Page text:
The aliens descended on the squad from all sides like a pack of wild dogs. Both 'classic' and quadrupedal 'runner' aliens used advanced AI behaviours and their vicious talons to move freely around the ceilings and walls; flanking panicking soldiers before viciously dispatching them. Our anonymous hero managed to down a few with precise blasts from his assault rifle that ripped through their carapaces like so much tissue paper, and after the player character beat an alien to death with his rifle butt in a blatantly scripted QTE, the squad sprints into the desolate wastes to reach the dropship they spotted earlier.
No suck luck, obviously. It was time for us to meet a new type of Xenomorph: the 'Crusher.' As an ferocious bull-like adversary sporting an impenetrable armoured crest, this enormous foe smashed through walls and cover to gore the few marines who stood and fought. Desperately sliding under a closing blast door to the apparent safety of a machine shop, the marine met up with a few reinforcements that were about to receive a powerful new ally.
Aliens: Colonial Marines will boast seamless drop-in co-op for up to four players... both locally and online. To demonstrate how simple the procedure was, Pitchford invited a member of the dev team to join in. After accepting the invite with a single press, she leapt into the body of a marine and demonstrated the successful procedure with a few stylish teabags. Classy.
This respite was sadly short-lived, as the increasingly urgent whine of the motion tracker indicated that another wave of Xenomorphs was headed in their direction. However, the odds were now stacked in the Marines' favour since the room was packed full of deployable sentry guns that fans will remember from a classic action sequence in the movie.
"They mostly come through tunnels, mostly," quipped Pitchford, as the team hurriedly scrambled to set up defence turrets in a dingy maintenance walkway. As the motion tracker reached a fever pitch, over two dozen Xenos ripped through the vents and walls; piling straight into the withering gunfire of the deployed drone guns without heed for their own safety. Their sheer numbers were gradually able to push the squad back, who relied on setting up flanking manoeuvres of their own to whittle down the Aliens' numbers from the side. Unfortunately another wave found their way under the floor of the machine shop, and the squad was forced to fall back once again. These "last stand" situations will apparently provide tense and chaotic changes of pace that will demand tight teamwork and overlapping fields of fire to overcome.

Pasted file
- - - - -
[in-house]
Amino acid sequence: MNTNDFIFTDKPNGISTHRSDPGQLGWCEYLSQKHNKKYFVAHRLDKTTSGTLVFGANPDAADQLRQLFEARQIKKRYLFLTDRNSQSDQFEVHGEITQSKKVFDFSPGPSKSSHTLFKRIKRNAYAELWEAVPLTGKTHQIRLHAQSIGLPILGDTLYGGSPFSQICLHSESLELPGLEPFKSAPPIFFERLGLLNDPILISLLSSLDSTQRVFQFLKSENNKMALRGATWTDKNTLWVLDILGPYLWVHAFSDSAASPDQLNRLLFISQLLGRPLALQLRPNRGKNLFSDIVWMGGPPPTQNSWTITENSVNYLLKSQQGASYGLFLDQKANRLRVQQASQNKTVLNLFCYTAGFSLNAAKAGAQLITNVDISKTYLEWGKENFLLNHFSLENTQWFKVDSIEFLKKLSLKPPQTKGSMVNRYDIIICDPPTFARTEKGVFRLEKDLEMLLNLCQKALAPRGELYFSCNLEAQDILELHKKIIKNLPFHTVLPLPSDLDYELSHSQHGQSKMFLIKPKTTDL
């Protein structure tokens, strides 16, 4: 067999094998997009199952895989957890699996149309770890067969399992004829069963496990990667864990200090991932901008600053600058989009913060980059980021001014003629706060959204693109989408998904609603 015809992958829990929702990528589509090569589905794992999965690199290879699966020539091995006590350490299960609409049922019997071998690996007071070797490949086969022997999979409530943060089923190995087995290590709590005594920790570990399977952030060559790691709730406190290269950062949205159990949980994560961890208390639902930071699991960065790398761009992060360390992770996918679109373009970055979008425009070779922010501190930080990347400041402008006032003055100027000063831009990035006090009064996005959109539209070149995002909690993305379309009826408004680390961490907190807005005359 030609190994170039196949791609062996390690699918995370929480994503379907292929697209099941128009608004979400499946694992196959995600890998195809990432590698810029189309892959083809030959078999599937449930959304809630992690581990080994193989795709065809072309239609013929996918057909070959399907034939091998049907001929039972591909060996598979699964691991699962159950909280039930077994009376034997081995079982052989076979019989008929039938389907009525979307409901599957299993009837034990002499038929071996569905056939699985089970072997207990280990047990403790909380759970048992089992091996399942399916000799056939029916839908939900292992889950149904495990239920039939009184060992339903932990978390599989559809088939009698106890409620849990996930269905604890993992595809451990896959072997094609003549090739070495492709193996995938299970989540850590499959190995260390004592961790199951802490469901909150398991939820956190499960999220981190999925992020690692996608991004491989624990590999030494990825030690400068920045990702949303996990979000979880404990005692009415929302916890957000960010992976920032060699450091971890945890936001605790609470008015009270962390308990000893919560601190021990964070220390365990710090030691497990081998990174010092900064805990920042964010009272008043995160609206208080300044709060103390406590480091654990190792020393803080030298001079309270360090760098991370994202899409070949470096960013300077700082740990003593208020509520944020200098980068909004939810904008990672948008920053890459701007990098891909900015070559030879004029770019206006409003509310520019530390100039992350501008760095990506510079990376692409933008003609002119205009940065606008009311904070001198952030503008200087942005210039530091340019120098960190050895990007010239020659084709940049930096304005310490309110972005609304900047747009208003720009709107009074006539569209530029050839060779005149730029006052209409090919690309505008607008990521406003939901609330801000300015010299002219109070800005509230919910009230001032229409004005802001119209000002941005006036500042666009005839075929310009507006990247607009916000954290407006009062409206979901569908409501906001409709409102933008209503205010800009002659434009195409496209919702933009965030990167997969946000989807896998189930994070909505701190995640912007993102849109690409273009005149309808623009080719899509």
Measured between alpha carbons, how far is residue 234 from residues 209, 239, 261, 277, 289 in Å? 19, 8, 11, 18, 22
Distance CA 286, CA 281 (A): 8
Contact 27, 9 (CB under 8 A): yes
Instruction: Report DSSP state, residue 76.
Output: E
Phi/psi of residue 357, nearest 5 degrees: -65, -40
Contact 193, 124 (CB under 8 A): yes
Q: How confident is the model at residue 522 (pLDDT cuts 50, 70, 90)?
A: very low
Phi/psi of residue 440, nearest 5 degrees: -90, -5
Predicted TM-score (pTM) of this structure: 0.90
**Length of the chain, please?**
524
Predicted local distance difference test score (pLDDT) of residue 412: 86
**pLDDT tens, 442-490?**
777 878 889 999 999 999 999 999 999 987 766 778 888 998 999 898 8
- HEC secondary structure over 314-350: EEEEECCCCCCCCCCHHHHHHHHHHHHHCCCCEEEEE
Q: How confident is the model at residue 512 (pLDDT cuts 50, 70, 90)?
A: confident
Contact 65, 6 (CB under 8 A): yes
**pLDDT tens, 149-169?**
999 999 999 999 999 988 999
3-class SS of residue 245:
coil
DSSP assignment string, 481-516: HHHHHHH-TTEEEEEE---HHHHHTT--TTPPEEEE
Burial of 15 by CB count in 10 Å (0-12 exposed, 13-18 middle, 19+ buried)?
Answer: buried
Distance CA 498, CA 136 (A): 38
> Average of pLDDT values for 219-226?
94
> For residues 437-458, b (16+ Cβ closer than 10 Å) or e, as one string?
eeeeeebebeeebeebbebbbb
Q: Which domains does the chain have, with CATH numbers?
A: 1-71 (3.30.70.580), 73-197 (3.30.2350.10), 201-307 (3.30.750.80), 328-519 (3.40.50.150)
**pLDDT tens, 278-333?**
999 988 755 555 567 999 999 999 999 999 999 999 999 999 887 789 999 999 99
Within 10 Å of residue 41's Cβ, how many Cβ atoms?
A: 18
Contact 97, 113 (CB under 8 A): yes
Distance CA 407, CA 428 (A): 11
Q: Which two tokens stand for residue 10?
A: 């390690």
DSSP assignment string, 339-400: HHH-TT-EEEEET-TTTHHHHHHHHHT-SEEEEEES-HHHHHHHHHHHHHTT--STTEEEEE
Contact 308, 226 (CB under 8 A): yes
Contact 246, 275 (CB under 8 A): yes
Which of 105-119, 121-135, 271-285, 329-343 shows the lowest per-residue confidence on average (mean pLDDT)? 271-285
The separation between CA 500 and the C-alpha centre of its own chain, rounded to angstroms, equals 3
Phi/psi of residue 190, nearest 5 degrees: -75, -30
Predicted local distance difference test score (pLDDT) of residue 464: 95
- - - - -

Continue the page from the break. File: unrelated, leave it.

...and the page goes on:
Finally, the squad rendezvoused with another set of reinforcements in a cavernous vehicle bay. Several inactive APCs (yeah, the awesome flat ones) provided some fun fan service, but our eyes were immediately drawn to the bright yellow weaponised Power Loaders standing on the other side of the room. The second Gearbox rep leapt into the armoured exoskeleton, which singlehandedly beat back an entire phalanx of incoming foes with its arm-mounted flamethrower and minigun. The marines had, at long last, managed to catch a break.
And then the Queen arrived, bursting through the wall and tearing the Power Loader asunder with terrifying ease. Stomping over to the player, the gigantic, glistening alien lifted the marine up to stare straight into her leering face... and as you'd expect, the demo ended.
There's no doubt that the demo was scripted down to the millisecond, and that Gearbox will have their work cut out delivering a uniformly tight and varied experience. But for now, all we know is that it's going to be an unbearably long few months for Aliens fans... and that Colonial Marines will almost certainly be worth every minute of it.